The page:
Authors of this page: Graham R. Gibbs
Affiliation: University of Huddersfield
Date written: 30th June 2005
You should have been recording your thoughts and ideas as the project analysis progressed. The more writing that you do during the project the easier you'll find it to bring it all together into a report.
Nevertheless it can hard to get started with producing your final write up, thesis or paper. Try these approaches:
- Start with a outline of what you want to cover
- Start with the project's objectives
- Free-write involves writing as fast as you can and then editing it
The structure of the report depends on how you want to present your research. Here are some options:
- A set structure of chapters/sections e.g. thesis or commercial report
- Each individual case study is presented followed by a discussion of their differences and similarities
- The main themes identified forms the structure using supporting examples from the data
- The main themes are presented using a different individual case study to support each theme
(Adapted from King 1998)
The focus of the research is also a useful guide for presenting your findings. The focus may modify during the research and becomes clear as the analysis and writing progress. Discussing you project with others will help you put your project into context. So that the majority of the themes identified can be related or explained by the focus of the project.
Redrafting involves editing and improving the the report on your research. This takes time and it involves re-reading what you have written and then reflecting how you can improve the flow.
- Have some time away from a section you have written so you can come back with 'fresh' eyes and see what needs improving
- Get friends and relatives to read your writing with little knowledge of the topic area but be specific what you want feedback on (length, style, accuracy or spelling and grammar)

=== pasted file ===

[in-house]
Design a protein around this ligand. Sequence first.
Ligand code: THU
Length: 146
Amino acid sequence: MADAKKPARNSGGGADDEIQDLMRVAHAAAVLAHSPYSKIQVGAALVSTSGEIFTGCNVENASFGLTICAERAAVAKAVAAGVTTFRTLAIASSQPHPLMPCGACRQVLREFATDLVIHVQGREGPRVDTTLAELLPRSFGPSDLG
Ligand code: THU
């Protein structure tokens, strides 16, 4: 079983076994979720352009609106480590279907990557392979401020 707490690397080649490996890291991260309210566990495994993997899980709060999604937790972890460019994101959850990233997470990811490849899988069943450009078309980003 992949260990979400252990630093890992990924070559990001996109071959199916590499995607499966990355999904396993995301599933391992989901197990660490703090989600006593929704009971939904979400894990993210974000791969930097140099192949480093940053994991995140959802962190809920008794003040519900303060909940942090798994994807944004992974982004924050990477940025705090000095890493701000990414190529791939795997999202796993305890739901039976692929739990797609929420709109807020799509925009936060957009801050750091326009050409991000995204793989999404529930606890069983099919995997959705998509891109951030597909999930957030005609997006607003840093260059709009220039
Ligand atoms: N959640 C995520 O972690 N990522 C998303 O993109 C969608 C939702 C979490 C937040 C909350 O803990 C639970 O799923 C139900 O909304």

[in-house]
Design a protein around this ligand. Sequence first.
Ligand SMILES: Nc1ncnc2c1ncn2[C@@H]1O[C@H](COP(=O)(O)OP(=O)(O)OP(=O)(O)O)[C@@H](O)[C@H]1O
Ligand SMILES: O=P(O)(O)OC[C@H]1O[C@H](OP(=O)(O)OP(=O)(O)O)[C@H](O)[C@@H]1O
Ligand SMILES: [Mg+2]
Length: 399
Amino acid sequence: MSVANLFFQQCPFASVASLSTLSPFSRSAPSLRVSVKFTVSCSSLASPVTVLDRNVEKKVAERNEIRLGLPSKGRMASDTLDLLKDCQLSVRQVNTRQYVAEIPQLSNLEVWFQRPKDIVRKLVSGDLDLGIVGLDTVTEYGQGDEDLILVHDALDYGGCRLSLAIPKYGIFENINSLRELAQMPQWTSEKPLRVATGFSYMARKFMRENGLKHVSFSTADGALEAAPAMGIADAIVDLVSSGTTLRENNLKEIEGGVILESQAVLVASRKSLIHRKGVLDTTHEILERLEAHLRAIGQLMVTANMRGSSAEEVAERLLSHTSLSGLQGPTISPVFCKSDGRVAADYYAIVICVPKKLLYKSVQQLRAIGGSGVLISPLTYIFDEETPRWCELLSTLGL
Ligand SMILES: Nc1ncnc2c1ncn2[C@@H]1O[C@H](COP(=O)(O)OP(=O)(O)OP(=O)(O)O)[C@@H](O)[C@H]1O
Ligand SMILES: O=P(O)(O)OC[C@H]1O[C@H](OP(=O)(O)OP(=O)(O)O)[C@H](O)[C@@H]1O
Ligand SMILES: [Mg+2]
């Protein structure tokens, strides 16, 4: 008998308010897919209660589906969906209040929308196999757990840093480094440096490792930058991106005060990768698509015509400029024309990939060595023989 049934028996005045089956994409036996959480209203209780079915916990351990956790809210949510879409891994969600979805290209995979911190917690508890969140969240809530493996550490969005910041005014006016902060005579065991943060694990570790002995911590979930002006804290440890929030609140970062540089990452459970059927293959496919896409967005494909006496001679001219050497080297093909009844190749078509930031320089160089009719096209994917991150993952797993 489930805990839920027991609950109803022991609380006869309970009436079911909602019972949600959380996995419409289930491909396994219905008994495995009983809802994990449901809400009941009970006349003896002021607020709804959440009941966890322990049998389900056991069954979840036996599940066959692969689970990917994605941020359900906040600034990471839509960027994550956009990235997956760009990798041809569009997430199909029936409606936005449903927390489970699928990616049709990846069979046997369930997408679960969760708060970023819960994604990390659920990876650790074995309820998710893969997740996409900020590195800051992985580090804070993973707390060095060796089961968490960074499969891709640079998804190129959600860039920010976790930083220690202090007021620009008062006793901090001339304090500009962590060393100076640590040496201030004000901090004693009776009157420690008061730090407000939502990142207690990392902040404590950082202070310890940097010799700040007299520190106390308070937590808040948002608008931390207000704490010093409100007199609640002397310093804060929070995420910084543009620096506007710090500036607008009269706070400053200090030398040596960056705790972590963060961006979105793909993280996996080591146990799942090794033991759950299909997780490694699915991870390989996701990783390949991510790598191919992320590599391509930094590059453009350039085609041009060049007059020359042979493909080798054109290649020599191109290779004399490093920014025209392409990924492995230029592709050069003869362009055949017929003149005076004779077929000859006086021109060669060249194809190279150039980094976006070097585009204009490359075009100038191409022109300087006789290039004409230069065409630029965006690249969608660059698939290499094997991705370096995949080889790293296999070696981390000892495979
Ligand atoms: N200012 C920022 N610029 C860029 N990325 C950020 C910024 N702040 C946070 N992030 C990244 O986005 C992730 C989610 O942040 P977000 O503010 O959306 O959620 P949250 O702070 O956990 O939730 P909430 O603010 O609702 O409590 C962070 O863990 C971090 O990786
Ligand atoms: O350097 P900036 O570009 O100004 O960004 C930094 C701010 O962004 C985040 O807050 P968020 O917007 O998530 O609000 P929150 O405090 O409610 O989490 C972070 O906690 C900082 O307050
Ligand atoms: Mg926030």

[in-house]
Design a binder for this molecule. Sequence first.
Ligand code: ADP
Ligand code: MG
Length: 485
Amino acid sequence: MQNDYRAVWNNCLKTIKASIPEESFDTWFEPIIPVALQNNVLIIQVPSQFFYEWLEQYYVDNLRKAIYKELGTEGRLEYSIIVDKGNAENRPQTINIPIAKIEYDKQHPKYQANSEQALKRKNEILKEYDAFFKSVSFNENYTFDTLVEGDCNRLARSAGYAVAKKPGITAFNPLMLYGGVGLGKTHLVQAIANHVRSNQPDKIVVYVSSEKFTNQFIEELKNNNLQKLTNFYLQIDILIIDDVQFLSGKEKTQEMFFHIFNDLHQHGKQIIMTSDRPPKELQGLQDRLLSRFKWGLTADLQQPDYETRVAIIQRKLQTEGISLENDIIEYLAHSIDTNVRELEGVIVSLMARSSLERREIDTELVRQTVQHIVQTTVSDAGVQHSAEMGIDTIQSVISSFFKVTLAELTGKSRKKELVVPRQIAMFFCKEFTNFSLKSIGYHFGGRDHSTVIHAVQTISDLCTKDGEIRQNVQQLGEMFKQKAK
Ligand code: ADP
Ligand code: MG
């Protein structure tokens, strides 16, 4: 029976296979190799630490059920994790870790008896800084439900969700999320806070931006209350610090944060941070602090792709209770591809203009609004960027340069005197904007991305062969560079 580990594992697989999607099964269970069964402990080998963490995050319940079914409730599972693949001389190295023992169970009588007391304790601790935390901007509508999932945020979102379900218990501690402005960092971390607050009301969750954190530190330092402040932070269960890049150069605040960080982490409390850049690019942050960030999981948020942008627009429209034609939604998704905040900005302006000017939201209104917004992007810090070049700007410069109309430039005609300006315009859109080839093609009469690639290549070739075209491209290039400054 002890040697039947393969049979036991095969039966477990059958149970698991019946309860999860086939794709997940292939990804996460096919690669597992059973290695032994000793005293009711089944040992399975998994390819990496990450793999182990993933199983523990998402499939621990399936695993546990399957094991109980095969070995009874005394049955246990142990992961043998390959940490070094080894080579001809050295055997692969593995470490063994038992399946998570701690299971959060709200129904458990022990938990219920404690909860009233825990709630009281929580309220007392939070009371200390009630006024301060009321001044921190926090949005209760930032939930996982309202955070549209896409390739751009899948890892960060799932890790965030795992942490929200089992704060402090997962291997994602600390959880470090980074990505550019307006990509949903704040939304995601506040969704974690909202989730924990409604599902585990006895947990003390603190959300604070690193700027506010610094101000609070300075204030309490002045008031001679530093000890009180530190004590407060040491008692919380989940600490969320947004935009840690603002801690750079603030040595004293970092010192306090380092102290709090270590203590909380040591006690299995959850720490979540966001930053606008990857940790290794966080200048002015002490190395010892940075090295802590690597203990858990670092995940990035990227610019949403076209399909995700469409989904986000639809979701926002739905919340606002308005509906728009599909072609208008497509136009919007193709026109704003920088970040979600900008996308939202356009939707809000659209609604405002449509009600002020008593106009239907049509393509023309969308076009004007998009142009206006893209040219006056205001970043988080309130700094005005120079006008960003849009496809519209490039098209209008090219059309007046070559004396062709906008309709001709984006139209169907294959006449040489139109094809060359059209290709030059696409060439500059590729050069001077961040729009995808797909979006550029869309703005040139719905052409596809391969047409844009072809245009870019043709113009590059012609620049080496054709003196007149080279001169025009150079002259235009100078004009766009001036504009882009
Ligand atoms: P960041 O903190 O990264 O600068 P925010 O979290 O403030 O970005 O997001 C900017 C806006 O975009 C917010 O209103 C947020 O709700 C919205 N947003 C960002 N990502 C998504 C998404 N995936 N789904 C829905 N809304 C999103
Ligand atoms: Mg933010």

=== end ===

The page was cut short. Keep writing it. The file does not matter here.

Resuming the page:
- Specified word lengths force you to edit out chunks of text that are not essential to the report
A first draft of the report really helps bring it all together and see what changes need to be made.
- Read the text through and ask yourself:
- what am I trying to say?
- who is the text for?
- what changes will make the text clearer and easier to follow?
- Global or big changes (e.g. rewriting sections) you might consider are:
- reordering, parts of the text;
- rewriting sections;
- adding examples or removing duplicate examples;
- changing the examples for better ones;
- deleting parts that seem confusing.
- Minor text changes you might consider are:
- simpler wording;
- shorter sentences;
- shorter paragraphs;
- active rather than passive tenses;
- substituting positive constructions for negatives;
- writing sequences in order;
- spacing numbered sequences or lists down the page (as here).
- Read the revised text through to see if you want to make any further global changes.
- Finally, repeat this whole procedure some time (say twenty-four hours) after making your original revisions, and do it without looking back at the original text."
(Adapted from Hartley 1989: 90)
The style of writing depends of the type of report. The traditional style for papers and theses is scientific and realist approach:
- Passive voice
- Past tense
- Informants words only used in supporting quotations
A modern style is the reflective approach:
- The researcher reflects on all the data collected and interprets what is happening which goes beyond an informants words
- Relative approach accepts the researcher constructs knowledge
- Researchers need to reflect on the "... implications of their methods, values, biases and decisions for the knowledge of the social world they create." (Gibbs, 2006)
The most common format in academic journals, dissertations and PhD theses is:
- Literature review
- Research design/methods
It is important that your style of writing up is appropriate for your field/discipline and also the target audience.
Hartley, J. (1989) 'Tools for evaluating text', in J. Hartley and A. Branthwaite (eds), The Applied Psychologist. Milton Keynes: Open University Press.
Gibbs, G.R. (2006, forthcoming) How to analyse qualitative data. London: Sage.
King, N. (1998) 'Template Analysis', in G. Symon and C. Cassell (eds), Qualitative Methods and Analysis in Organizational Research. London: Sage.
The resources on this site by Graham R Gibbs, Dawn Clarke, Celia Taylor, Christina Silver and Ann Lewins are licensed under a Creative Commons Attribution-NonCommercial-ShareAlike 3.0 Unported License.